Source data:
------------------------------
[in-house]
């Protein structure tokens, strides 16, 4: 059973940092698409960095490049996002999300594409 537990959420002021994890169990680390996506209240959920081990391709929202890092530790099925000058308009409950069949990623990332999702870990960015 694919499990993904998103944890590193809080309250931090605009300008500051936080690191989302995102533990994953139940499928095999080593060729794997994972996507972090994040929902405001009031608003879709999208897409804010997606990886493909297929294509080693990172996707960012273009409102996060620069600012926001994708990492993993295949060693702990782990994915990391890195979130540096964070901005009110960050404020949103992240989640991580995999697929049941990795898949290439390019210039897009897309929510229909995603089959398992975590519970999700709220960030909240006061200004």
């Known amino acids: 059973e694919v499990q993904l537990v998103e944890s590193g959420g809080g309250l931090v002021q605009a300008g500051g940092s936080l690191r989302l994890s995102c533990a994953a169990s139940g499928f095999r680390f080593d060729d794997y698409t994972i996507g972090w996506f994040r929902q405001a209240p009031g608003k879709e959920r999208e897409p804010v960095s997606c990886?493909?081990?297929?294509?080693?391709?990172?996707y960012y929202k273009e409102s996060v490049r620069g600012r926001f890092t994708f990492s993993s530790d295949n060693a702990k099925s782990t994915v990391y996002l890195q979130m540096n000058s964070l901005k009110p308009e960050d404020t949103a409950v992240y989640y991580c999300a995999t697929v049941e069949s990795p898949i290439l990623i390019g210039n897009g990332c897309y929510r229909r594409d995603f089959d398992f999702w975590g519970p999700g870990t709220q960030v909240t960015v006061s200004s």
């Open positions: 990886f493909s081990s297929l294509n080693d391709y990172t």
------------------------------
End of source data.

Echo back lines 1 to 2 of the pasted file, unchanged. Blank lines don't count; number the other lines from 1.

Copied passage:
[in-house]
């Protein structure tokens, strides 16, 4: 059973940092698409960095490049996002999300594409 537990959420002021994890169990680390996506209240959920081990391709929202890092530790099925000058308009409950069949990623990332999702870990960015 694919499990993904998103944890590193809080309250931090605009300008500051936080690191989302995102533990994953139940499928095999080593060729794997994972996507972090994040929902405001009031608003879709999208897409804010997606990886493909297929294509080693990172996707960012273009409102996060620069600012926001994708990492993993295949060693702990782990994915990391890195979130540096964070901005009110960050404020949103992240989640991580995999697929049941990795898949290439390019210039897009897309929510229909995603089959398992975590519970999700709220960030909240006061200004």